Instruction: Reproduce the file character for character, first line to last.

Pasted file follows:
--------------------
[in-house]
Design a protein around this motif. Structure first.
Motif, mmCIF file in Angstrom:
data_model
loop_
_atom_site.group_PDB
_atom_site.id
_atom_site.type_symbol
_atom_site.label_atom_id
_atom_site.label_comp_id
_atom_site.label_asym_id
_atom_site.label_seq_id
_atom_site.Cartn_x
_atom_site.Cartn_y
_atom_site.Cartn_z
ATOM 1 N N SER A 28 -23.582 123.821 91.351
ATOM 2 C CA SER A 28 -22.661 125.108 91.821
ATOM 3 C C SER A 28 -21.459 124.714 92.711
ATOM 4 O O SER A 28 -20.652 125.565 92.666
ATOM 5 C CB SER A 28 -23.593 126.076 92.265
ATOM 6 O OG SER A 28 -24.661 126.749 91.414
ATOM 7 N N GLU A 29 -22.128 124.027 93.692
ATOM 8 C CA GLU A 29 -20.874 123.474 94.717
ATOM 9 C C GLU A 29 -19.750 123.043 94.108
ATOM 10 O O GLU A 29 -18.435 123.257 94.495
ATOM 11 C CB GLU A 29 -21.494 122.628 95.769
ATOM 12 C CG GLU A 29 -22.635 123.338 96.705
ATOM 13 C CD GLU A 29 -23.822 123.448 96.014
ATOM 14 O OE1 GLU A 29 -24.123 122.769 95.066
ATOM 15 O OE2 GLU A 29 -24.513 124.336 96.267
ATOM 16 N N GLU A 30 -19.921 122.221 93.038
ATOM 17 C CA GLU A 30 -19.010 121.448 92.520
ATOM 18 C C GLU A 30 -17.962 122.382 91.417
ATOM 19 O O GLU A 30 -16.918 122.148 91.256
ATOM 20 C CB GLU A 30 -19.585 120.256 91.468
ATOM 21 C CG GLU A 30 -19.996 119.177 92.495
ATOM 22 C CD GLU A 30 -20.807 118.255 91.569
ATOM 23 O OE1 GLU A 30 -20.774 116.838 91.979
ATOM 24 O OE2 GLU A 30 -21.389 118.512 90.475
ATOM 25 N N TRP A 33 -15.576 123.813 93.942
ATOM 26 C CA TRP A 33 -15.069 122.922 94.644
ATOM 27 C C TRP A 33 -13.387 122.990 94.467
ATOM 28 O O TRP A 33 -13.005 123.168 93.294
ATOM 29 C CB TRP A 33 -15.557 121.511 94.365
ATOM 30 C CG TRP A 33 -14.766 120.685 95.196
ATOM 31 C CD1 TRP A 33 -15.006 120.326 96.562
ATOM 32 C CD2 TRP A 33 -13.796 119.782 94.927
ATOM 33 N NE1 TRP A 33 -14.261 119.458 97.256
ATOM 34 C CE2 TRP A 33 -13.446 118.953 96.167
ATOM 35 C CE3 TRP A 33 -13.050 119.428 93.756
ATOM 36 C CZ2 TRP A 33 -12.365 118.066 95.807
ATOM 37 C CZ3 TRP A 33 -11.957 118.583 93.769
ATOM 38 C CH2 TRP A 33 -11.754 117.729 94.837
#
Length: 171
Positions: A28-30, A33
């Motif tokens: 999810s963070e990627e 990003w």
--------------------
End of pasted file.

[in-house]
Design a protein around this motif. Structure first.
Motif, mmCIF file in Angstrom:
data_model
loop_
_atom_site.group_PDB
_atom_site.id
_atom_site.type_symbol
_atom_site.label_atom_id
_atom_site.label_comp_id
_atom_site.label_asym_id
_atom_site.label_seq_id
_atom_site.Cartn_x
_atom_site.Cartn_y
_atom_site.Cartn_z
ATOM 1 N N SER A 28 -23.582 123.821 91.351
ATOM 2 C CA SER A 28 -22.661 125.108 91.821
ATOM 3 C C SER A 28 -21.459 124.714 92.711
ATOM 4 O O SER A 28 -20.652 125.565 92.666
ATOM 5 C CB SER A 28 -23.593 126.076 92.265
ATOM 6 O OG SER A 28 -24.661 126.749 91.414
ATOM 7 N N GLU A 29 -22.128 124.027 93.692
ATOM 8 C CA GLU A 29 -20.874 123.474 94.717
ATOM 9 C C GLU A 29 -19.750 123.043 94.108
ATOM 10 O O GLU A 29 -18.435 123.257 94.495
ATOM 11 C CB GLU A 29 -21.494 122.628 95.769
ATOM 12 C CG GLU A 29 -22.635 123.338 96.705
ATOM 13 C CD GLU A 29 -23.822 123.448 96.014
ATOM 14 O OE1 GLU A 29 -24.123 122.769 95.066
ATOM 15 O OE2 GLU A 29 -24.513 124.336 96.267
ATOM 16 N N GLU A 30 -19.921 122.221 93.038
ATOM 17 C CA GLU A 30 -19.010 121.448 92.520
ATOM 18 C C GLU A 30 -17.962 122.382 91.417
ATOM 19 O O GLU A 30 -16.918 122.148 91.256
ATOM 20 C CB GLU A 30 -19.585 120.256 91.468
ATOM 21 C CG GLU A 30 -19.996 119.177 92.495
ATOM 22 C CD GLU A 30 -20.807 118.255 91.569
ATOM 23 O OE1 GLU A 30 -20.774 116.838 91.979
ATOM 24 O OE2 GLU A 30 -21.389 118.512 90.475
ATOM 25 N N TRP A 33 -15.576 123.813 93.942
ATOM 26 C CA TRP A 33 -15.069 122.922 94.644
ATOM 27 C C TRP A 33 -13.387 122.990 94.467
ATOM 28 O O TRP A 33 -13.005 123.168 93.294
ATOM 29 C CB TRP A 33 -15.557 121.511 94.365
ATOM 30 C CG TRP A 33 -14.766 120.685 95.196
ATOM 31 C CD1 TRP A 33 -15.006 120.326 96.562
ATOM 32 C CD2 TRP A 33 -13.796 119.782 94.927
ATOM 33 N NE1 TRP A 33 -14.261 119.458 97.256
ATOM 34 C CE2 TRP A 33 -13.446 118.953 96.167
ATOM 35 C CE3 TRP A 33 -13.050 119.428 93.756
ATOM 36 C CZ2 TRP A 33 -12.365 118.066 95.807
ATOM 37 C CZ3 TRP A 33 -11.957 118.583 93.769
ATOM 38 C CH2 TRP A 33 -11.754 117.729 94.837
#
Length: 171
Positions: A28-30, A33
């Motif tokens: 999810s963070e990627e 990003w």